When Gaines and Tani were invited by the gallery to revisit the exhibition, their research led them to conclude that criticism has changed markedly over the past 30 years, with more critics of color writing about art, and an increased focus on artists’ interviews and essays in their own words over hard-hitting analysis — criticism no longer functions as a gatekeeper to art world success, they said. Nor is marginality the most pressing question for artists today, given the increasingly prominent place Black contemporary artists occupy now, Gaines told me.

Rashid Johnson’s “Monk,” from 2014. A scorched red oak painting surface holds a ghostly abstraction comprised of black soap and wax — the wood’s damage offset by the healing properties of those materials. Credit…via Rashid Johnson and Hauser & Wirth; Photo by Martin Parsekian

Instead, the curators decided to reimagine the show with four new artists to reflect what Gaines characterizes as a “decolonial” impulse in contemporary practice.

Rather than addressing racism head on, and thereby constantly “critiquing the status quo,” as the wall text says, Torkwase Dyson, Rashid Johnson, Kevin Beasley and Leslie Hewitt are exploring new approaches to Blackness. Their forms are often deeply abstract, even when they use everyday, recognizable materials.

What does remain consistent between the 1993 version and today’s installation is the presence of a reading room at the center of the show. Thirty years ago, the nook was filled with texts — mostly written by white men — that limned the landscape of criticism in which Black artists had to find their own footing. Today, we find a range of titles, largely by artists of color, that represent the touchstones of artists’ own thinking.

A contemporary remake of the 1993 show “The Theater of Refusal” includes, on floor, 2022 sculpture by Leslie Hewitt and 2023 sculptures by Torkwase Dyson on wall in wood graphite, acrylic and string.Credit…Matt Grubb/Hauser & Wirth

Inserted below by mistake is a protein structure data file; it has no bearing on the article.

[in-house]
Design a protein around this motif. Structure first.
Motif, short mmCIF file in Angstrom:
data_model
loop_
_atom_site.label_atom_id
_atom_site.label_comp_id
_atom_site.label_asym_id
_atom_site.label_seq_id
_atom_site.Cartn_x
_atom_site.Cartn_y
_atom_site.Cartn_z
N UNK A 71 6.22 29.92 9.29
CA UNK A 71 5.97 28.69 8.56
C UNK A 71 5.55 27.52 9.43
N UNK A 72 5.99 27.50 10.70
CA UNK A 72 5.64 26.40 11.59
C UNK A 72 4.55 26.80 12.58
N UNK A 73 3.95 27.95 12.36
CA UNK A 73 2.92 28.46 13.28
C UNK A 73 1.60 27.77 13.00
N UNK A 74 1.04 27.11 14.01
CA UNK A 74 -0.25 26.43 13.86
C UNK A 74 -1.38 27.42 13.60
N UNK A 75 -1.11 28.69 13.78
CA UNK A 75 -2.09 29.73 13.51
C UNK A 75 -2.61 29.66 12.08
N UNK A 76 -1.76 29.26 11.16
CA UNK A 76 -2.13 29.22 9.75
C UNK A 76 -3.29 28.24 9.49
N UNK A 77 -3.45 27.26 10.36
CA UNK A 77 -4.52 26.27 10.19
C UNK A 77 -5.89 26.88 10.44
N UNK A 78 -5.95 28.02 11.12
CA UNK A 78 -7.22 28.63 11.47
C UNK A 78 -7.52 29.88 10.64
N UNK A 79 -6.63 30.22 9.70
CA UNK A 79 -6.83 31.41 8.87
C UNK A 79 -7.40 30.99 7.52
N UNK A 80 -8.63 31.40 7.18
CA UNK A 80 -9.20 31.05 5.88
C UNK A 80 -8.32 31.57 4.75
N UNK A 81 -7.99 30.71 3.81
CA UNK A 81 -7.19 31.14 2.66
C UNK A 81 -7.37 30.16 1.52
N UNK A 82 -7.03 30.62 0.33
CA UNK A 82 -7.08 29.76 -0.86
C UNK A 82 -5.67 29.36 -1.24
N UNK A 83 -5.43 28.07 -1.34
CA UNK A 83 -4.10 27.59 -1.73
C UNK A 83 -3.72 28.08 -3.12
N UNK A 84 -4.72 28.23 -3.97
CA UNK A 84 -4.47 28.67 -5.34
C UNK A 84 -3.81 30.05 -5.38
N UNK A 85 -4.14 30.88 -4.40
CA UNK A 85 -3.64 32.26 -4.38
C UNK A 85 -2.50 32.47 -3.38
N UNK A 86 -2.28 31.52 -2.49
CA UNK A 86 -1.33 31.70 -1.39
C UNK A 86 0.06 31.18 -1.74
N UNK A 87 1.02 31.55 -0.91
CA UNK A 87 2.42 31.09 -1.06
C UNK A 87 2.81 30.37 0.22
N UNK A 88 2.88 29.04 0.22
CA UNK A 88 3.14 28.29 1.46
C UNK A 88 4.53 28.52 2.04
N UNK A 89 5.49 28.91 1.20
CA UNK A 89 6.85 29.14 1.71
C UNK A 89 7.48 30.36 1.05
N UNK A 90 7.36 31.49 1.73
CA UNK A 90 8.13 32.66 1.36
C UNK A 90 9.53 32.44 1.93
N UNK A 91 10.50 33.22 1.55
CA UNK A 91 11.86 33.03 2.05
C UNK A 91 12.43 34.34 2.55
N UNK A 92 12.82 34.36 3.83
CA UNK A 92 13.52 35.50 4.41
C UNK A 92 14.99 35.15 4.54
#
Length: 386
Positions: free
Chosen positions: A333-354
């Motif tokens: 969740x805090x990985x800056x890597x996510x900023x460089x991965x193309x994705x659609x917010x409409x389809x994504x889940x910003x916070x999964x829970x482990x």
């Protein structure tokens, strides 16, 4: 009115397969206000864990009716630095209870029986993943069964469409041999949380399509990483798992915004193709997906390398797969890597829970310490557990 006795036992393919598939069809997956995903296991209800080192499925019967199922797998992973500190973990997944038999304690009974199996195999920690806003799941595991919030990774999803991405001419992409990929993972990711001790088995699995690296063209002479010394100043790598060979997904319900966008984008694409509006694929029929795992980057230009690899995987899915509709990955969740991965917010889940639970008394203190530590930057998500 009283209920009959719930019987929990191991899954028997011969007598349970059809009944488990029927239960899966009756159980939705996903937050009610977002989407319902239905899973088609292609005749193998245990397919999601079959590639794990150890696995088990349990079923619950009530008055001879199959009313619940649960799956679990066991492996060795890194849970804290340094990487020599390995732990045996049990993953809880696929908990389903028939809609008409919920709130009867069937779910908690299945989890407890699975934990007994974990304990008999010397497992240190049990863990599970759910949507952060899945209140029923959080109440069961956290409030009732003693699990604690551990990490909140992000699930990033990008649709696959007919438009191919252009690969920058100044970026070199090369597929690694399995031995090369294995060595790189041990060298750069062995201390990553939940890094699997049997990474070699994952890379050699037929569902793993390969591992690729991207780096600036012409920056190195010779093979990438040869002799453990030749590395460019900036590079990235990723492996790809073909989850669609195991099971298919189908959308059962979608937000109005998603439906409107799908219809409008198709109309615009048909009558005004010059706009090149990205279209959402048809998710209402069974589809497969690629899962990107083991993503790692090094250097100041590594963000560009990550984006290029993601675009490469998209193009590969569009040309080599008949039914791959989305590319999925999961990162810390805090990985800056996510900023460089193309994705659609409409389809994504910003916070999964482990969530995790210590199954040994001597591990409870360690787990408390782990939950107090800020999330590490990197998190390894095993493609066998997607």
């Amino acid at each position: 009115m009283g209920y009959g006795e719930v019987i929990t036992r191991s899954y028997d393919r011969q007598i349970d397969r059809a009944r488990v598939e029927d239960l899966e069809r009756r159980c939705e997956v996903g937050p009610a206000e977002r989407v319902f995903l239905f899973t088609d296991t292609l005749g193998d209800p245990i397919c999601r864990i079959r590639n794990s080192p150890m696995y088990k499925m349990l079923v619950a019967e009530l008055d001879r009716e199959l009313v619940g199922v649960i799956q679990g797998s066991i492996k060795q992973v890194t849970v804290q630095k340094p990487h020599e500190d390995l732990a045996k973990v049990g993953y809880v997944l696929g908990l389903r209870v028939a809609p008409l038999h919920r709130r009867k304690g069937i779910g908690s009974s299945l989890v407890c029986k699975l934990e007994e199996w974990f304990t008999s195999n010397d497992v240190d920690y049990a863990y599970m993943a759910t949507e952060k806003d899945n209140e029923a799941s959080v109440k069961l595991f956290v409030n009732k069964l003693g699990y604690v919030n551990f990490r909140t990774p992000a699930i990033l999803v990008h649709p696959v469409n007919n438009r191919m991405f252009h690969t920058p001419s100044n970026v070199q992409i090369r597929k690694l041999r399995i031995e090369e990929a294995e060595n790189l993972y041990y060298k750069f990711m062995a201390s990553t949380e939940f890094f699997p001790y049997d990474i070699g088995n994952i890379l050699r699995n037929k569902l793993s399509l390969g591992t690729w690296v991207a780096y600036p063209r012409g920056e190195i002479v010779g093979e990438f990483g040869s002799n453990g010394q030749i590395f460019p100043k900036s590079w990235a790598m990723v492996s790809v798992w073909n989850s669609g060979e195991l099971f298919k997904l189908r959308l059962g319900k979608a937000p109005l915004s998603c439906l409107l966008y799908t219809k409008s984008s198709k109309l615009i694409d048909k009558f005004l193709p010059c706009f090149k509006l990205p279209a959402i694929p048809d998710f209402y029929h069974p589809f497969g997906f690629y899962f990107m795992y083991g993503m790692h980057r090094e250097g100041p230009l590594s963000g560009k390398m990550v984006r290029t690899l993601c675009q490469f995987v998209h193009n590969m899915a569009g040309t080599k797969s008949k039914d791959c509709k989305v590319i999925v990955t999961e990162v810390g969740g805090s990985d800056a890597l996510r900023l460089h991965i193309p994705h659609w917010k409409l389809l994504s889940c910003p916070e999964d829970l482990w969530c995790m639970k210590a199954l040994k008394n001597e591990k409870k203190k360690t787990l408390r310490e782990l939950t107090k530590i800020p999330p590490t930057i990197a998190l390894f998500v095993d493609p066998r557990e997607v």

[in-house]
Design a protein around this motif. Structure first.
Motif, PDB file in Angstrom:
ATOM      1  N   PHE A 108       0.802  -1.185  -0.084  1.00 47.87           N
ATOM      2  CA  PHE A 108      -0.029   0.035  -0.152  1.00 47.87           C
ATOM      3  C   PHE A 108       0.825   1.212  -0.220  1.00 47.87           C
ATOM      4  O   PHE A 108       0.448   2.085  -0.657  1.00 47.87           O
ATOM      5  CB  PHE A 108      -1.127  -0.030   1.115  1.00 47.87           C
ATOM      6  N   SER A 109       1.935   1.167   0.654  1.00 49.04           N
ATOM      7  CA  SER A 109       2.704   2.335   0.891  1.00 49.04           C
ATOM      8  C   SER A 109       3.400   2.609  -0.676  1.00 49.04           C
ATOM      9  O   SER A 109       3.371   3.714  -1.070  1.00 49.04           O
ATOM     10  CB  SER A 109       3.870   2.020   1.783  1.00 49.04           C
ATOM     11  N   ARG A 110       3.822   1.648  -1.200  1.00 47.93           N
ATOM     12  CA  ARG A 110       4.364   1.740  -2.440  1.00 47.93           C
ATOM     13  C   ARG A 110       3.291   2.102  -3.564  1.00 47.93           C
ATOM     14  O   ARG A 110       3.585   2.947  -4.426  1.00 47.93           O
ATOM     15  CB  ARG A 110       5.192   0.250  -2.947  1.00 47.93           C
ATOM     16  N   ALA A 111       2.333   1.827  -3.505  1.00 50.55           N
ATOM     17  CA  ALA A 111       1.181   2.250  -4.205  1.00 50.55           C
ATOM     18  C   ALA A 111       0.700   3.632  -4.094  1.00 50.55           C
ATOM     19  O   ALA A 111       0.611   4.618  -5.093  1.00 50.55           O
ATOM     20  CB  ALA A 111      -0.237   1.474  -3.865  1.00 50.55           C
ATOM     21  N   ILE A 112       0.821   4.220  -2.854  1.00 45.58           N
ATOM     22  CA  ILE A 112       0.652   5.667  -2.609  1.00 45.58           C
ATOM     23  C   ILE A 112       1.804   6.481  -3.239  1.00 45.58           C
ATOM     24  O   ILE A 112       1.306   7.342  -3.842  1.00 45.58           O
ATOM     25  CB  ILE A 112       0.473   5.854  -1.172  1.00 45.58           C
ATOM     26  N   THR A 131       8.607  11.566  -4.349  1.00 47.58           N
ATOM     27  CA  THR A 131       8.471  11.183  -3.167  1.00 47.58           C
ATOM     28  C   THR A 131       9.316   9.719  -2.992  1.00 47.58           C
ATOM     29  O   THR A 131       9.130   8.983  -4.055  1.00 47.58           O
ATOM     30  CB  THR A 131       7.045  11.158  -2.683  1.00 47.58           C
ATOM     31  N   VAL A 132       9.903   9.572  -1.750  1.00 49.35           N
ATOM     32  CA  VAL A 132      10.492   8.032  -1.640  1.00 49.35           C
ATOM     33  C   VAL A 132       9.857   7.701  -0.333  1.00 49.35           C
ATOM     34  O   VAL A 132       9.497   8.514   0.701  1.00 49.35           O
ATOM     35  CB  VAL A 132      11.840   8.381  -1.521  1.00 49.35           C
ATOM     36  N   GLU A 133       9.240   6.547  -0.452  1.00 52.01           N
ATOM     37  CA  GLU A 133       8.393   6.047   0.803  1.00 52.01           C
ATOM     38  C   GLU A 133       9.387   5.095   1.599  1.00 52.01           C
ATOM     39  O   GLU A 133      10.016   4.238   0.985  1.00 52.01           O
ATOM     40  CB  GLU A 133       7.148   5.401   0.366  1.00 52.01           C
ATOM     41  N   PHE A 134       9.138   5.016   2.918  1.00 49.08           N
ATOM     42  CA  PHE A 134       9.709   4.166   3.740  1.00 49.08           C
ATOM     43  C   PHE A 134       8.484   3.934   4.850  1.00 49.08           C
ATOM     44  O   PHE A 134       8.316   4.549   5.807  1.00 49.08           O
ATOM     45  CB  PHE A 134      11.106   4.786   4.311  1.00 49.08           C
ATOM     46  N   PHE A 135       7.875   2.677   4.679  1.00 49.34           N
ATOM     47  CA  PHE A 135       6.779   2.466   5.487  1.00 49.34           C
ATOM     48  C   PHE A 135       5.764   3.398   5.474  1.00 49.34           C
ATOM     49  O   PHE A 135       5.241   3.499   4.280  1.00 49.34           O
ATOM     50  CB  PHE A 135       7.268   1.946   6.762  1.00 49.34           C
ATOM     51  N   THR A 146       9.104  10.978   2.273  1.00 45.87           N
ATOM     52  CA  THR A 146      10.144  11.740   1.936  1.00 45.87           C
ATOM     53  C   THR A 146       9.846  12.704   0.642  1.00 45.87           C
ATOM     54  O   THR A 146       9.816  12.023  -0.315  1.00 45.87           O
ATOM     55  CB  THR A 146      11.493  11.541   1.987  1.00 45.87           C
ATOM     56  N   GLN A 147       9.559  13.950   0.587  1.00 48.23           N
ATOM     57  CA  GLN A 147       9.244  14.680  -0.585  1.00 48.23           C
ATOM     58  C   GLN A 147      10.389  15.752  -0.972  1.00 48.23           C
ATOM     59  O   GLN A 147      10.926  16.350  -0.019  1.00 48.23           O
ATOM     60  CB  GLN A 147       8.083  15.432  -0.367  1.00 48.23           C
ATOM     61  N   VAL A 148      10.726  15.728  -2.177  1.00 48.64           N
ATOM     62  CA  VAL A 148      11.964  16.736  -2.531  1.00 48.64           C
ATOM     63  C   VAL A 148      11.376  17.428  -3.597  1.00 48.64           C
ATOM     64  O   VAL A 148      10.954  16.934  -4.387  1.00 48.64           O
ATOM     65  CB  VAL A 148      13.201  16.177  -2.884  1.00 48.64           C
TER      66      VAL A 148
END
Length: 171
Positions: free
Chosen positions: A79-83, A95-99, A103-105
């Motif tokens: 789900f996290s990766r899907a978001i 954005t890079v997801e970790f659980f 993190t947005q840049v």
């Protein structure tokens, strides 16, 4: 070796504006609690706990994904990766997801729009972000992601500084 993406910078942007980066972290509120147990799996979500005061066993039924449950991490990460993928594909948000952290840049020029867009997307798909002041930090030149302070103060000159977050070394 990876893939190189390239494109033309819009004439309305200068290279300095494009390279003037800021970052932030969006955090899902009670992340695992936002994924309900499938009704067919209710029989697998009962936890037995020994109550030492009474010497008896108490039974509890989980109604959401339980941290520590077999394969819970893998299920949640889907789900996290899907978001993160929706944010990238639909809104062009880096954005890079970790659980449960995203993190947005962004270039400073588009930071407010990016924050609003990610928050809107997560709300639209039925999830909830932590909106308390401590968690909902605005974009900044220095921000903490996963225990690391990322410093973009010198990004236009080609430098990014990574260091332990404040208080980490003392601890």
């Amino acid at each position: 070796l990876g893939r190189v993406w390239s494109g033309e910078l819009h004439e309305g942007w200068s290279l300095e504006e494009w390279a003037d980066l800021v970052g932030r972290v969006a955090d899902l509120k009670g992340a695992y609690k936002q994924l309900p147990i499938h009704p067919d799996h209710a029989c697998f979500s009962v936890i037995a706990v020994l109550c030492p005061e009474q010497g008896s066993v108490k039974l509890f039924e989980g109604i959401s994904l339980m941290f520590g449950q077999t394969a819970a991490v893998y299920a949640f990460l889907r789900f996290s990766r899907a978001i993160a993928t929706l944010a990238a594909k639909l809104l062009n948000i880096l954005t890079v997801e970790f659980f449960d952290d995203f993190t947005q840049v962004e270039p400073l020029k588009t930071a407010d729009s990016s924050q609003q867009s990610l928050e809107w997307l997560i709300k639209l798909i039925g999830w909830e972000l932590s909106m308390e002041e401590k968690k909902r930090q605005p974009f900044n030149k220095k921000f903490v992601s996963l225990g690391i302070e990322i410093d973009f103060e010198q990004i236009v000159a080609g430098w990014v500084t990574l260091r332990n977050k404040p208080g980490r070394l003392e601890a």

Blue-chip galleries have been the site of some genuinely museum-worthy exhibitions lately — “A Foreigner Called Picasso,” which runs through Feb. 10 at Gagosian (with loans from private and public collections) and “Roma/New York” at David Zwirner earlier this year are two examples. “RETROaction” is similarly ambitious, though much smaller. (The “Theater of Refusal” remake will be remounted in a larger form in the gallery’s Los Angeles outpost in February.) As Fowle, a museum alumna, admitted, such a historical reckoning could only have happened at a private gallery because of its independence from museums’ institutional histories and rivalries.

But that has its drawbacks. The eight Biennial artists in “RETROaction” — out of the 82 that participated back in the day — may have started on the margins but they ended up being represented by top-tier galleries. What is missing here is the work of some of the most interesting and provocative historical interventions, including Pat Ward Williams’s billboard-size photo of five young Black men, with the confrontational title spray painted over it: “What You Lookin At,” hung in the Whitney’s front window in 1993. And why not include Daniel Joseph Martinez, who created metal tags that museum visitors wore inside, printed with some combination of the words “I can’t imagine ever wanting to be white.” The critic who called the ’93 Biennial “a theme park of the oppressed” got one thing right: It did have a carnivalesque, even scrappy mood, artists doing what they could to fight for their lives. ‘‘RETROaction,” for all its interest, can’t quite capture that.

Installation view of the 1993 Whitney Biennial museum window on Madison Avenue with “What You Lookin At,” by Pat Ward Williams.Credit…Geoffrey Clements/Whitney Museum of American Art
At the 1993 Whitney Biennial, Daniel Joseph Martinez’s “Museum Tags” from 1993.Credit…Geoffrey Clements/Whitney Museum of American Art

And that’s what we need now, it seems to me — ideas for how to keep on creating. My conversations with artists over the past few months indicate that many are trying to figure out how their art can remain vital, relevant and enduring when the problems of the world loom so large. While “RETROaction” leaves a lot unsaid about the two groundbreaking 1993 shows, at least it underlines the fact that art is always political in its moment, whether you’re photographing models on a runway (as Zoe Leonard did in 1990) or making abstract bronze sculptures (as with Leslie Hewitt in 2022). For those of us spending more time doomscrolling than generating things lately, it’s a start — a reminder that, as Toni Morrison once said, it is precisely at times of dread that artists must go to work.


Through Jan. 27 (gallery reopens Jan. 2), Hauser & Wirth, 32 East 69th Street, 212-794-4970,